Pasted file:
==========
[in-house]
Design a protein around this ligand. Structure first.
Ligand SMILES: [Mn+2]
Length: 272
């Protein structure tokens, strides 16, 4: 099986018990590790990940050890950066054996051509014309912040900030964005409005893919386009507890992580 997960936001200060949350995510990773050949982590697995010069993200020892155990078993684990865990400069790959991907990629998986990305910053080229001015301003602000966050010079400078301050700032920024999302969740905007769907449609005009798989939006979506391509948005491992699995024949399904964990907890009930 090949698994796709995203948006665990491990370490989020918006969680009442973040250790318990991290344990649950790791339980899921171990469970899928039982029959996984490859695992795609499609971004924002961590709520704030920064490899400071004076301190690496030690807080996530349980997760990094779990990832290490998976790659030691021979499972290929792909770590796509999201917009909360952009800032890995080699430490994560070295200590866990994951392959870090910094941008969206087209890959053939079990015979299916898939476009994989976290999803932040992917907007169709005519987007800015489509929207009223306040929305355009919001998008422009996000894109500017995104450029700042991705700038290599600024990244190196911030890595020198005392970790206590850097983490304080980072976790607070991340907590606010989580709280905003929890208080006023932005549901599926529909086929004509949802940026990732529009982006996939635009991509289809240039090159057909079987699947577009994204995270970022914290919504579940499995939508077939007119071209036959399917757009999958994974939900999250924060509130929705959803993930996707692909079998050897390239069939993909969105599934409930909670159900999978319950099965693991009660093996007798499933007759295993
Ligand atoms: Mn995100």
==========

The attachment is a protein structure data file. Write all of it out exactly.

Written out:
[in-house]
Design a protein around this ligand. Structure first.
Ligand SMILES: [Mn+2]
Length: 272
């Protein structure tokens, strides 16, 4: 099986018990590790990940050890950066054996051509014309912040900030964005409005893919386009507890992580 997960936001200060949350995510990773050949982590697995010069993200020892155990078993684990865990400069790959991907990629998986990305910053080229001015301003602000966050010079400078301050700032920024999302969740905007769907449609005009798989939006979506391509948005491992699995024949399904964990907890009930 090949698994796709995203948006665990491990370490989020918006969680009442973040250790318990991290344990649950790791339980899921171990469970899928039982029959996984490859695992795609499609971004924002961590709520704030920064490899400071004076301190690496030690807080996530349980997760990094779990990832290490998976790659030691021979499972290929792909770590796509999201917009909360952009800032890995080699430490994560070295200590866990994951392959870090910094941008969206087209890959053939079990015979299916898939476009994989976290999803932040992917907007169709005519987007800015489509929207009223306040929305355009919001998008422009996000894109500017995104450029700042991705700038290599600024990244190196911030890595020198005392970790206590850097983490304080980072976790607070991340907590606010989580709280905003929890208080006023932005549901599926529909086929004509949802940026990732529009982006996939635009991509289809240039090159057909079987699947577009994204995270970022914290919504579940499995939508077939007119071209036959399917757009999958994974939900999250924060509130929705959803993930996707692909079998050897390239069939993909969105599934409930909670159900999978319950099965693991009660093996007798499933007759295993
Ligand atoms: Mn995100």